Sunday, December 30, 2018

My Top Ten Favorite Recipes of 2018!

This year was by far the busiest year I've ever had. Maybe it's because I went back to work after taking time off, maybe it's because my daughter is a senior, or maybe it's because both kids are in several different activities. Either way, this year flew by!

I had a few #FOODGOALS that I made back in January. The first was to blog about my mom's recipes. I cooked them, but I never got around to sharing them because I could never find the words. I don't think I realized how hard it would be. Hopefully, I'll find the words in 2019. The second goal was to teach my daughter how to cook some new recipes. That was a much easier goal and I definitely succeeded in that. The third goal was to share ALL of my dishes on Instagram and while I certainly didn't share them ALL, I did manage to share most of the dishes I shared here on Stirring The Pot.

Now let's talk about my food trends of 2018. I started the year addicted to food on toast. I think I lived off random things on toast for the first four months of the year. Also big in 2018 was shrimp, a big staple in the Stirring the Pot kitchen, year after year. However, the biggest food trend for me this year was hands-down potatoes! Holy cow... I made A LOT of potato dishes this year, and to prove it, there are FOUR potato dishes in this roundup.

By far, one of my favorite things to do this year was going to The Farmer's Market at The Castle. I enjoyed the peaceful ride down the winding country roads and all the wonderful goodies in my weekly farmer's box. It was such a delight! I love winter and spring, but I will definitely be counting down the days until I can do it again next year.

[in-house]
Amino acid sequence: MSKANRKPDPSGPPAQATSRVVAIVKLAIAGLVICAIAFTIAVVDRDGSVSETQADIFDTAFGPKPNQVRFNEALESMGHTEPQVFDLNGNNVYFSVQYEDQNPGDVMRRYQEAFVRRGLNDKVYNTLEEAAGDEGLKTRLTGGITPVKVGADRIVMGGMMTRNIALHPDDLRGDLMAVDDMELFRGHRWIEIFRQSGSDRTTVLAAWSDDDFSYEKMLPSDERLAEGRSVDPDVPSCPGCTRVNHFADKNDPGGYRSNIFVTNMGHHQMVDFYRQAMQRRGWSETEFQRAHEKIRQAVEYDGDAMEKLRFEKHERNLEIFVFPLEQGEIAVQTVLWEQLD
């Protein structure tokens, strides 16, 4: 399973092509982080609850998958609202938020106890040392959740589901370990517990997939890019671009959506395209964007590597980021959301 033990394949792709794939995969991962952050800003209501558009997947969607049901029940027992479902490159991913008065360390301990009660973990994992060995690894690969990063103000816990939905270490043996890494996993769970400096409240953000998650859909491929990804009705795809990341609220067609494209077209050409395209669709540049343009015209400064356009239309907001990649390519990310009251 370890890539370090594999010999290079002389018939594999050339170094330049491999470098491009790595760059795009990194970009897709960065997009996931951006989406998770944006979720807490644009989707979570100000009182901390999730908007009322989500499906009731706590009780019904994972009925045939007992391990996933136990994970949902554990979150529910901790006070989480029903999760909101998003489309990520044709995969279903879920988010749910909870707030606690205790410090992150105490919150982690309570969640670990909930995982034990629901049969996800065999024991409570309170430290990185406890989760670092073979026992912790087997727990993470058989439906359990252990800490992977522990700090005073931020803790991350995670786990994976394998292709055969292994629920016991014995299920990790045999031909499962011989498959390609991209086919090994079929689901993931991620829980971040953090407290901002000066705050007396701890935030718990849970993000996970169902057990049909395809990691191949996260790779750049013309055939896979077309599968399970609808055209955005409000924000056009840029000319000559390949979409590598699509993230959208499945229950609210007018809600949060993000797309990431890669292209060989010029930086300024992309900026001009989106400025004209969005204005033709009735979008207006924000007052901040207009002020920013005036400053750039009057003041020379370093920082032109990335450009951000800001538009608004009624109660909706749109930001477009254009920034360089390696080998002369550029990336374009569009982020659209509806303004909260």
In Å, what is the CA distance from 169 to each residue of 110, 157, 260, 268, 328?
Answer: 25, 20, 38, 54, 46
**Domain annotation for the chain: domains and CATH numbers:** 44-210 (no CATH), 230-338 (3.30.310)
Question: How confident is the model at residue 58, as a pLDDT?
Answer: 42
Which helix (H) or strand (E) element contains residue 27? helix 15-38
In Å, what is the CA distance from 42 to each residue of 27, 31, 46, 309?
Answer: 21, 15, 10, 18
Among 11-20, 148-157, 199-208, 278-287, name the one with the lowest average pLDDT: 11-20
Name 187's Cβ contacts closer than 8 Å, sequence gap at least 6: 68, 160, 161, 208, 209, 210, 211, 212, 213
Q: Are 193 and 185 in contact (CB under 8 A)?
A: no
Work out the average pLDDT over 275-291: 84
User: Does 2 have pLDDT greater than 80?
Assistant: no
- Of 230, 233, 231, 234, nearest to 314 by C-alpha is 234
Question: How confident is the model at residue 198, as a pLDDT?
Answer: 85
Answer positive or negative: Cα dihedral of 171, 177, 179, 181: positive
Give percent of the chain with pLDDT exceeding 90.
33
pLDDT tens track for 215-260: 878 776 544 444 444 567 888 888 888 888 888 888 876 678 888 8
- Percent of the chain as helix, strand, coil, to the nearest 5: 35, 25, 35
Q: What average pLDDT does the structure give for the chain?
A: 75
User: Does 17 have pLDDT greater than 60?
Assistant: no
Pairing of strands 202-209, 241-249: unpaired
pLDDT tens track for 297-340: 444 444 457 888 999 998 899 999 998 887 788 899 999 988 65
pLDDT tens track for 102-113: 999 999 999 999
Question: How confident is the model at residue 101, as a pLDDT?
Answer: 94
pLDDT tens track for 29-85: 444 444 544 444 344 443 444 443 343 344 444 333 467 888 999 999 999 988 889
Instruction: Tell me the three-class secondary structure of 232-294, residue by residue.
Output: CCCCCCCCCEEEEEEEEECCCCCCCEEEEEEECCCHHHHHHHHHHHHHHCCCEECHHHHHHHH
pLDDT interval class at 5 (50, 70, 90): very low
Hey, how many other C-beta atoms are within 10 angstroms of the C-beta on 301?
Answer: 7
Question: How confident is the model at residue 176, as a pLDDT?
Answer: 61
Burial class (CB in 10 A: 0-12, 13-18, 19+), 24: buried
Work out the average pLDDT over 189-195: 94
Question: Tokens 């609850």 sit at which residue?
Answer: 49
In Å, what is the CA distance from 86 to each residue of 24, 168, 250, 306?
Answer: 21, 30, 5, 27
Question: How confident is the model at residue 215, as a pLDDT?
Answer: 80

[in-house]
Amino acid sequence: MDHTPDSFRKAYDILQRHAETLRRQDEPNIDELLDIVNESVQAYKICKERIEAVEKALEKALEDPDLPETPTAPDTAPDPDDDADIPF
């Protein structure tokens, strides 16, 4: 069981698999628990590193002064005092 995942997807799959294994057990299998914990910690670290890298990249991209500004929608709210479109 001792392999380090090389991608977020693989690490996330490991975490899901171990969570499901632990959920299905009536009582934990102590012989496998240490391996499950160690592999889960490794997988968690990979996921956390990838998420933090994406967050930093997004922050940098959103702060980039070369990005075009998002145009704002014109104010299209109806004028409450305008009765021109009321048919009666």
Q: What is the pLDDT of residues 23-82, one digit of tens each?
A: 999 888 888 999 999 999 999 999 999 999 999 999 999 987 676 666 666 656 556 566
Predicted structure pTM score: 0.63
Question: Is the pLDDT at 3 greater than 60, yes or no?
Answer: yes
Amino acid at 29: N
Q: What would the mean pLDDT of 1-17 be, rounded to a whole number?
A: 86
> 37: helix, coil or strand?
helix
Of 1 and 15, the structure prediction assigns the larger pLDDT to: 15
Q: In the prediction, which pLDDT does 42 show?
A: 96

And, lastly, I'm ending my roundup with two of my favorite desserts. It's always good to end on a sweet note!

Happy New Year to all! I wish you all the best in the coming year.

Sunday, December 23, 2018

Ruth Reichl's Cheddar and Garlic Twice-Baked Potatoes

My Mom was a big fan of twice-baked potatoes. They were pretty much a Christmas classic in our house, a yearly tradition, served next to the standing rib roast.

She would get out her cookbook, open it to the page, and it pretty much stopped there. It dawns on me as I write this...she never really looked at the cookbook. It just sat on the counter because she never followed the amounts, never set a timer, and she seasoned her food however she pleased. In fact, if the recipe called for 4 potatoes, she would use 5 just out of spite! That woman was a rebel like no other. And, when it came to cheese...well, she almost always doubled it. If she made you a twice-baked potato it was likely to be the cheesiest potato you'd ever have.

Then there's me. Rule-follower extraordinaire. I actually like to be told what to do. Except, in this case, I don't like sour cream, so I substituted with heavy cream. That's about as far as I go in breaking the rules. I was tempted to make 5 potatoes instead of 4, but I just couldn't go through with it.